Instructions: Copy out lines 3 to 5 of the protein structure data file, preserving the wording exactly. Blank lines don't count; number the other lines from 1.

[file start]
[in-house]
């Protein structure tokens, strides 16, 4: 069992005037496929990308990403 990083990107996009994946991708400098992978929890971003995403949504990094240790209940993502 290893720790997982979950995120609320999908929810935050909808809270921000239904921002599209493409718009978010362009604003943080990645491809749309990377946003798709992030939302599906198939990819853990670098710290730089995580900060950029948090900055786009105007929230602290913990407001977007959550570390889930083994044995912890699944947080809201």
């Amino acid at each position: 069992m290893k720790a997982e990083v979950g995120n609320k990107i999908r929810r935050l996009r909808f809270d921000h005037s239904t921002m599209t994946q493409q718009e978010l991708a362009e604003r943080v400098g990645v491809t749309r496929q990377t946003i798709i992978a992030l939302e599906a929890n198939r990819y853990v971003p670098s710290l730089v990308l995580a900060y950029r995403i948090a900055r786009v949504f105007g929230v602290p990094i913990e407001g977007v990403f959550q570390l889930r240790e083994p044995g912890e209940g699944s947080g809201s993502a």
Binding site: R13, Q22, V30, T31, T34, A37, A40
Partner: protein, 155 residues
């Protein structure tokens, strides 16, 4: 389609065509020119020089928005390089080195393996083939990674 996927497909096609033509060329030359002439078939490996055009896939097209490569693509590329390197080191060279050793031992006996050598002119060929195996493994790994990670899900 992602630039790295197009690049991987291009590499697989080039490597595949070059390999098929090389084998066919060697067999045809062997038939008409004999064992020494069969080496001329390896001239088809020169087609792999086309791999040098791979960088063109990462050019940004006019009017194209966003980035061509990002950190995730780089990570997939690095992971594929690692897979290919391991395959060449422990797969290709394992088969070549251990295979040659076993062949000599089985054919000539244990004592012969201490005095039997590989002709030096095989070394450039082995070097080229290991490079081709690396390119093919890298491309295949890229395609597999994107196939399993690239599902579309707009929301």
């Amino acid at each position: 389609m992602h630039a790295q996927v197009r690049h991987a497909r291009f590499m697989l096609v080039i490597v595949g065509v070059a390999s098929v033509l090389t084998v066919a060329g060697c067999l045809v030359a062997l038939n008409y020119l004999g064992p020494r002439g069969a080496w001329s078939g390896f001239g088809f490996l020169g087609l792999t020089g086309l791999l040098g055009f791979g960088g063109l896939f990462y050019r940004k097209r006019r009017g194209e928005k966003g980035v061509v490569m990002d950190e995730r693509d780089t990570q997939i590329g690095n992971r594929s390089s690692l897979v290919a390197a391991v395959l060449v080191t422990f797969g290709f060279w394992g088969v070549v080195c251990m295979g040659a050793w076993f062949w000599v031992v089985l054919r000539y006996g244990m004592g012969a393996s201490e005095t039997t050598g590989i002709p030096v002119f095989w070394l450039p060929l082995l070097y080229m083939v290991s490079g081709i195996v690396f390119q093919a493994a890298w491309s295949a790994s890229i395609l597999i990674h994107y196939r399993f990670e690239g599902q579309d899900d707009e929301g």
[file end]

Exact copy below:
């Amino acid at each position: 069992m290893k720790a997982e990083v979950g995120n609320k990107i999908r929810r935050l996009r909808f809270d921000h005037s239904t921002m599209t994946q493409q718009e978010l991708a362009e604003r943080v400098g990645v491809t749309r496929q990377t946003i798709i992978a992030l939302e599906a929890n198939r990819y853990v971003p670098s710290l730089v990308l995580a900060y950029r995403i948090a900055r786009v949504f105007g929230v602290p990094i913990e407001g977007v990403f959550q570390l889930r240790e083994p044995g912890e209940g699944s947080g809201s993502a």
Binding site: R13, Q22, V30, T31, T34, A37, A40
Partner: protein, 155 residues